Sherene Razack's latest work is an essential contribution to contemporary scholarship concerning the “war on terror.” There is a formidable amount of research dedicated to Islamophobia's function in relation to imperialism and empire-building. And yet, Razack's analysis manages to capture powerfully the contemporary configurations of anti-Muslim racism within a domestic and transnational context. As Razack explains, anti-Muslim racism—which she consciously uses in place of the more popular term “Islamophobia,” given that Islamophobia “is a term that often leaves white supremacy outside the frame of analysis” (p. 15)—is not merely exclusive; it is also productive, allowing for the consolidation and fortification of (white supremacist) collective identities that find common purpose and emotional enrichment in the violent expulsion of the haunting figure of the Muslim.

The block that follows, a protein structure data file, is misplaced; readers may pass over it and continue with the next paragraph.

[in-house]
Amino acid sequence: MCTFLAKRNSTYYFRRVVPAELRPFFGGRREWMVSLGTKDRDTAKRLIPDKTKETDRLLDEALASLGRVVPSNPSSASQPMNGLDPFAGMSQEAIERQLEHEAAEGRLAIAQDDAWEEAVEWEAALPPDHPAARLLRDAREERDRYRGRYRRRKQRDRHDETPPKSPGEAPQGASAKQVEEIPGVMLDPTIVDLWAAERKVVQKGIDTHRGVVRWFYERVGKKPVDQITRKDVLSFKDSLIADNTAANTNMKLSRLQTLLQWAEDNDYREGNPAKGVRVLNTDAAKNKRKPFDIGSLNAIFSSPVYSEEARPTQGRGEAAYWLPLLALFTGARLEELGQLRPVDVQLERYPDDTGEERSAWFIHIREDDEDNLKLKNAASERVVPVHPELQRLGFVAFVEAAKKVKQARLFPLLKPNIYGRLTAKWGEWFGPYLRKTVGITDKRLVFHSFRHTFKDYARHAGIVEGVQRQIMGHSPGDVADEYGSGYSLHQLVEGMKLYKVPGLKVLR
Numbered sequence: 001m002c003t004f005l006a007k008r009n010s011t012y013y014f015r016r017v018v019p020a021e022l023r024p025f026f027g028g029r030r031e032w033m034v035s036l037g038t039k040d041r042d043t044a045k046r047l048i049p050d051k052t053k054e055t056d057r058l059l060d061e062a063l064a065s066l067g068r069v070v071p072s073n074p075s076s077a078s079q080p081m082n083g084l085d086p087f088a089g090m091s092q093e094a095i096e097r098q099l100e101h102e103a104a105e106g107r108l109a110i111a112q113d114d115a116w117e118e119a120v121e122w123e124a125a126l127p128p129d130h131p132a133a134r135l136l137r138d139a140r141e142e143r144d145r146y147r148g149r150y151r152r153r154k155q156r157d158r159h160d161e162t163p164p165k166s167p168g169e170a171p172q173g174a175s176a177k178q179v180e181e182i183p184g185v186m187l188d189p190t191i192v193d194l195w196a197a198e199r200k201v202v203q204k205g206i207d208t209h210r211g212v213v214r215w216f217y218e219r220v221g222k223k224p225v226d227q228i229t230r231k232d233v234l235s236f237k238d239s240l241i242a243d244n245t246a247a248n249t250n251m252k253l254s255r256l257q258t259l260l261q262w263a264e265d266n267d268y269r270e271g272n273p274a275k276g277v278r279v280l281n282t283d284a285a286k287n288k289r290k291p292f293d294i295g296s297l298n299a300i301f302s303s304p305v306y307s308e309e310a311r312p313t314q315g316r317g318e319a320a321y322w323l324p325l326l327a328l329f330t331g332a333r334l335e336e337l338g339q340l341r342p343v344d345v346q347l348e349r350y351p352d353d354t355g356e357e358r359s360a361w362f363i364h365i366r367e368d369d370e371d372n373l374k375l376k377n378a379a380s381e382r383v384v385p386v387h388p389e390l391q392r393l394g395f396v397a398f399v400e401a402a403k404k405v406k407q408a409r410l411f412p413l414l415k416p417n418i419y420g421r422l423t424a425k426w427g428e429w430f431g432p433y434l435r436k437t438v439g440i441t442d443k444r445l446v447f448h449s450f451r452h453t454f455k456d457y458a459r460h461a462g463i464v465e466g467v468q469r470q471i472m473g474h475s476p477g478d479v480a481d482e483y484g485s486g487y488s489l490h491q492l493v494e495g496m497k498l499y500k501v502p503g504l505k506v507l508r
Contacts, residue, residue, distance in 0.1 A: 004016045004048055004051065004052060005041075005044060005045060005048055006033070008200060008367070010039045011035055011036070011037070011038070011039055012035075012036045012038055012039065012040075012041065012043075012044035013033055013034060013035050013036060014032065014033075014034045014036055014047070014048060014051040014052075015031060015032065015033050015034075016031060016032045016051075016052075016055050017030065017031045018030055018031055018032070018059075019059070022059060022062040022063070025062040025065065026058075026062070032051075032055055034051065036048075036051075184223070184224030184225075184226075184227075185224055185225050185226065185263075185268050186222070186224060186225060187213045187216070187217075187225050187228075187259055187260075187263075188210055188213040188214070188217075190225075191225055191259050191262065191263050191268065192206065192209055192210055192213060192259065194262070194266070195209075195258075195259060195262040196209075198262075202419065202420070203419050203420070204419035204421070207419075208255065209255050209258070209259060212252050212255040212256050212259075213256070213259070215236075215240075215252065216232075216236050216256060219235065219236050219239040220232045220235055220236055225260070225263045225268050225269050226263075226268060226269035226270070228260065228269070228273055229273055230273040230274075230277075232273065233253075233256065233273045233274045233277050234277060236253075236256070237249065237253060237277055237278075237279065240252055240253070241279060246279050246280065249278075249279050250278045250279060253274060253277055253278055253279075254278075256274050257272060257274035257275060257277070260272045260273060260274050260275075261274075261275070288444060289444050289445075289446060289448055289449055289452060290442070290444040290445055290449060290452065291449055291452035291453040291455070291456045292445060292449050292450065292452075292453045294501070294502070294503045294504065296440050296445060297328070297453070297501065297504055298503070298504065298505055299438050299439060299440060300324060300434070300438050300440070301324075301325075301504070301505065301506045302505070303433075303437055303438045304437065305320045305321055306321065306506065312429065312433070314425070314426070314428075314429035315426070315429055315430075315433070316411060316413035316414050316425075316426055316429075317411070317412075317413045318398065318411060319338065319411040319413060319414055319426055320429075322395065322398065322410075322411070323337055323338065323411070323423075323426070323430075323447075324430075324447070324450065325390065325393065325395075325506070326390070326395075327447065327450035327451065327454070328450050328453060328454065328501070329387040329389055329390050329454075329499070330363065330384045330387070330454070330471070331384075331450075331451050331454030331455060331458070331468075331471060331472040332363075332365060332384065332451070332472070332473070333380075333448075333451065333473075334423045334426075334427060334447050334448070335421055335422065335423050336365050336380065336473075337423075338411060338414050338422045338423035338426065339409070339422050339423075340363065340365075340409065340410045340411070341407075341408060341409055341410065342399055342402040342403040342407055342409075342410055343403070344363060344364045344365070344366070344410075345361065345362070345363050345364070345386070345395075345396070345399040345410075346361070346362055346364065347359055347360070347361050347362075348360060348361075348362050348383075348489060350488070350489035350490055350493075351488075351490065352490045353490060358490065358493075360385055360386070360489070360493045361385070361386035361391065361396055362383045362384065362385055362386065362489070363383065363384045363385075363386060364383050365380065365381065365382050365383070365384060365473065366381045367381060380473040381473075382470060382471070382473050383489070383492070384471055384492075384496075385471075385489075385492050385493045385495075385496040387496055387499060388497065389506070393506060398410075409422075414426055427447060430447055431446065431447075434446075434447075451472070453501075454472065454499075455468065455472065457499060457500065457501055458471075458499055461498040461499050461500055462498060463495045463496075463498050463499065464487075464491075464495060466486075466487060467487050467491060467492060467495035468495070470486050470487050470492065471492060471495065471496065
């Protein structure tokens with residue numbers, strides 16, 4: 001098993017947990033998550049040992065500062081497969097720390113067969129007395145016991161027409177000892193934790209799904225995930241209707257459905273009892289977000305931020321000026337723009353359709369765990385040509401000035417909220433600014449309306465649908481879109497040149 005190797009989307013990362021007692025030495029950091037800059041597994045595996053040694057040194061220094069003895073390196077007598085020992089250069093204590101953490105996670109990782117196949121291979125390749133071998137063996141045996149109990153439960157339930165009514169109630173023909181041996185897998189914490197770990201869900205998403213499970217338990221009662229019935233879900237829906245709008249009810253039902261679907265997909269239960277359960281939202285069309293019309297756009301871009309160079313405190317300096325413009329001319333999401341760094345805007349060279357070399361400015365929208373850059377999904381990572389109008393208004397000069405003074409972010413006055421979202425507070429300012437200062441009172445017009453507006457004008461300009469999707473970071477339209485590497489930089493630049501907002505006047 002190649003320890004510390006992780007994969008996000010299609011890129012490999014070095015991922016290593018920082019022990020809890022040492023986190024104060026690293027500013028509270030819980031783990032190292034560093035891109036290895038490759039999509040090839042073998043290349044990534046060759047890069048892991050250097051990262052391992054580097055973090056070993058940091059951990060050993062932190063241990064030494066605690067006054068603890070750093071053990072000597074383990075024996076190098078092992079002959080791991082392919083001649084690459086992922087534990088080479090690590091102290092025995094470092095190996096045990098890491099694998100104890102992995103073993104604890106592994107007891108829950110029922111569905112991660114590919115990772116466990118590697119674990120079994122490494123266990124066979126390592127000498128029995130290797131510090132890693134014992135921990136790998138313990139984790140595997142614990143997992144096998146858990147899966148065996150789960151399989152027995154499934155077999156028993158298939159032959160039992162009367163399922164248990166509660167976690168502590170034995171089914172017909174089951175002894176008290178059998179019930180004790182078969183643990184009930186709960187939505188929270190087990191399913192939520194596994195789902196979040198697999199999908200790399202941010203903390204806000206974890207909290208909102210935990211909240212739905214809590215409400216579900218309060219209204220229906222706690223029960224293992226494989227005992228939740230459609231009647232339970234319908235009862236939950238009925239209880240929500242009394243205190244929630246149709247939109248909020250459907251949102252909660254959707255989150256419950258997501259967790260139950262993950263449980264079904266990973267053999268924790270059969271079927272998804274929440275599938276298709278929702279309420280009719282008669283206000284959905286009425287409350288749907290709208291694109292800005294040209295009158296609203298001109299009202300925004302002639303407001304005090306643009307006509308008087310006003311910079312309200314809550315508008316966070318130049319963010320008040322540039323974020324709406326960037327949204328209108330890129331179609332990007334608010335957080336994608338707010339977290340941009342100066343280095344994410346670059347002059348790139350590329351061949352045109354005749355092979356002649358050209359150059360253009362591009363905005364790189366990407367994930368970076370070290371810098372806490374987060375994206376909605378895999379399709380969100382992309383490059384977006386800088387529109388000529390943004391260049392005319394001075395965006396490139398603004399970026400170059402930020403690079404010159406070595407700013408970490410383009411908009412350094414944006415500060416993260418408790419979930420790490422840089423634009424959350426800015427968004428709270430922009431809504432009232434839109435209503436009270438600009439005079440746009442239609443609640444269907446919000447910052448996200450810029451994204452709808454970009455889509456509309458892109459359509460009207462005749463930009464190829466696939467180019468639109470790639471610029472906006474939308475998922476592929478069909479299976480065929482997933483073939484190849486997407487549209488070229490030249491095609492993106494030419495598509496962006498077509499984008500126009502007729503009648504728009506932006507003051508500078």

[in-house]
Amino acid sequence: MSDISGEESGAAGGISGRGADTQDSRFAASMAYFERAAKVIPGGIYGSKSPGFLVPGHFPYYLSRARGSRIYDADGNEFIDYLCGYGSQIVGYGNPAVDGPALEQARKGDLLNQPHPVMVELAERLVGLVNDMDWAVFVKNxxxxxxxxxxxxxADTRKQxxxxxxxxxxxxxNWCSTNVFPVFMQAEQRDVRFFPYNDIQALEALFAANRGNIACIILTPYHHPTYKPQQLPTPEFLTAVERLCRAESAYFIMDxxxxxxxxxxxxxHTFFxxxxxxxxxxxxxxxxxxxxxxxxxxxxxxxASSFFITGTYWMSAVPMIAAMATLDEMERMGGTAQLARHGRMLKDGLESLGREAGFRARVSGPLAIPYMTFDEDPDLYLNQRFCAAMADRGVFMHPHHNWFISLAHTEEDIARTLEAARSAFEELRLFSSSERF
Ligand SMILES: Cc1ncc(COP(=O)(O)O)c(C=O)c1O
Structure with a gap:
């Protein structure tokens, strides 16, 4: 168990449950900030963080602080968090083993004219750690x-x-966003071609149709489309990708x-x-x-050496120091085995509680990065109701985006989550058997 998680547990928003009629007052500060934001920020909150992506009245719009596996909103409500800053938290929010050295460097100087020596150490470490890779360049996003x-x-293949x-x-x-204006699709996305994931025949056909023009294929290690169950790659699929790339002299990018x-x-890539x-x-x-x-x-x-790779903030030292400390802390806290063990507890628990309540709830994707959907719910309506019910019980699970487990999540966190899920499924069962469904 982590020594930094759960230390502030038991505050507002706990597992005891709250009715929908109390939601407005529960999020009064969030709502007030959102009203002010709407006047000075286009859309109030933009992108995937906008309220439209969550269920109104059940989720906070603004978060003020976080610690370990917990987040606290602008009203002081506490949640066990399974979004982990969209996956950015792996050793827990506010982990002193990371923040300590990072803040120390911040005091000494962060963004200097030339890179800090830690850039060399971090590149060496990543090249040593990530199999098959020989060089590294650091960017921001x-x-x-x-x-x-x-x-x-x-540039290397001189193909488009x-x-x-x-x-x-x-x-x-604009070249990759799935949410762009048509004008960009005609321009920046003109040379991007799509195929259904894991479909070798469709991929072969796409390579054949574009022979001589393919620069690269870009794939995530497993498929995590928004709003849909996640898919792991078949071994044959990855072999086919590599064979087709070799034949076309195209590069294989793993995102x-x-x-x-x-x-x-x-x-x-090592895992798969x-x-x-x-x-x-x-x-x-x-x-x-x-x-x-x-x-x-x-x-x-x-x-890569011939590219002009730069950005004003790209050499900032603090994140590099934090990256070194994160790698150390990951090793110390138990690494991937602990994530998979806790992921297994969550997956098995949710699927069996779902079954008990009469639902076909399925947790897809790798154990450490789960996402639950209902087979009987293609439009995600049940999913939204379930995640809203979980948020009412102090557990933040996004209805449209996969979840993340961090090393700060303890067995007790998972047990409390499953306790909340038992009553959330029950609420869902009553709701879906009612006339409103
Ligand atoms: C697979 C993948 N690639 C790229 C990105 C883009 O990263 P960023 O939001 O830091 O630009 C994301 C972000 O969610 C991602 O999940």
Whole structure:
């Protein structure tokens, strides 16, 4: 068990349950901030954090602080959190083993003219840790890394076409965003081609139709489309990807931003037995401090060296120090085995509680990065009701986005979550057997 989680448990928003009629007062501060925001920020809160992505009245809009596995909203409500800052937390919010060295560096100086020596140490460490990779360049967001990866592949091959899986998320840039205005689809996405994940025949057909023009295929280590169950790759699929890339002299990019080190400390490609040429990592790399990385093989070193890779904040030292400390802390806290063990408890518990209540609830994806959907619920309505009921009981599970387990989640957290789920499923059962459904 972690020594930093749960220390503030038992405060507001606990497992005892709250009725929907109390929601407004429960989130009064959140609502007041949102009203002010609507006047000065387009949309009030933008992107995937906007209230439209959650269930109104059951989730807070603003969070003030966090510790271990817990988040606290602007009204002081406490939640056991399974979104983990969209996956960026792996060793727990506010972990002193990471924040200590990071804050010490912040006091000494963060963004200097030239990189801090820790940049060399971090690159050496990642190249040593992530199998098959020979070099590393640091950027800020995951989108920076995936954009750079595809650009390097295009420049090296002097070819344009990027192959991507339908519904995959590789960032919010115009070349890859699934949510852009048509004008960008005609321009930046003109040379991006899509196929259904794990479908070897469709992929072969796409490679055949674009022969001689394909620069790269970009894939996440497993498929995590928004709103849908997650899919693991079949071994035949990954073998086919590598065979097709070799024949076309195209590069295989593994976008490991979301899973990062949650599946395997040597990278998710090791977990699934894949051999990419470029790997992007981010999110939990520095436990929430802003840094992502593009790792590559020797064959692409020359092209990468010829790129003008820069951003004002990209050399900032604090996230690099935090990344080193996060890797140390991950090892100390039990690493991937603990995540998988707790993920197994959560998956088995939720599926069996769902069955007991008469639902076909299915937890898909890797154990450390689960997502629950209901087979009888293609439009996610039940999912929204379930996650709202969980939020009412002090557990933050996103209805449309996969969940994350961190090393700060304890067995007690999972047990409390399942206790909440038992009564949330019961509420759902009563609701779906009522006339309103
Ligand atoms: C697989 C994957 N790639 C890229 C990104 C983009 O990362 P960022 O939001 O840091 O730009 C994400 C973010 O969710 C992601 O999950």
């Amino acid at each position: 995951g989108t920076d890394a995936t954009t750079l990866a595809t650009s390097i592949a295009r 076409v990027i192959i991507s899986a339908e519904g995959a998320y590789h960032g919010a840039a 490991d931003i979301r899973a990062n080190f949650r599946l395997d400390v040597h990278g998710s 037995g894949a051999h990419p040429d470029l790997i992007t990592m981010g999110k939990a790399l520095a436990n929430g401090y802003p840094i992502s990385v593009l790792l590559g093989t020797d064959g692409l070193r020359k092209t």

Razack argues that race is central to understanding anti-Muslim sentiment and violence, in large part because anti-Muslim discourses and systematic structures of exclusion are preserved through...

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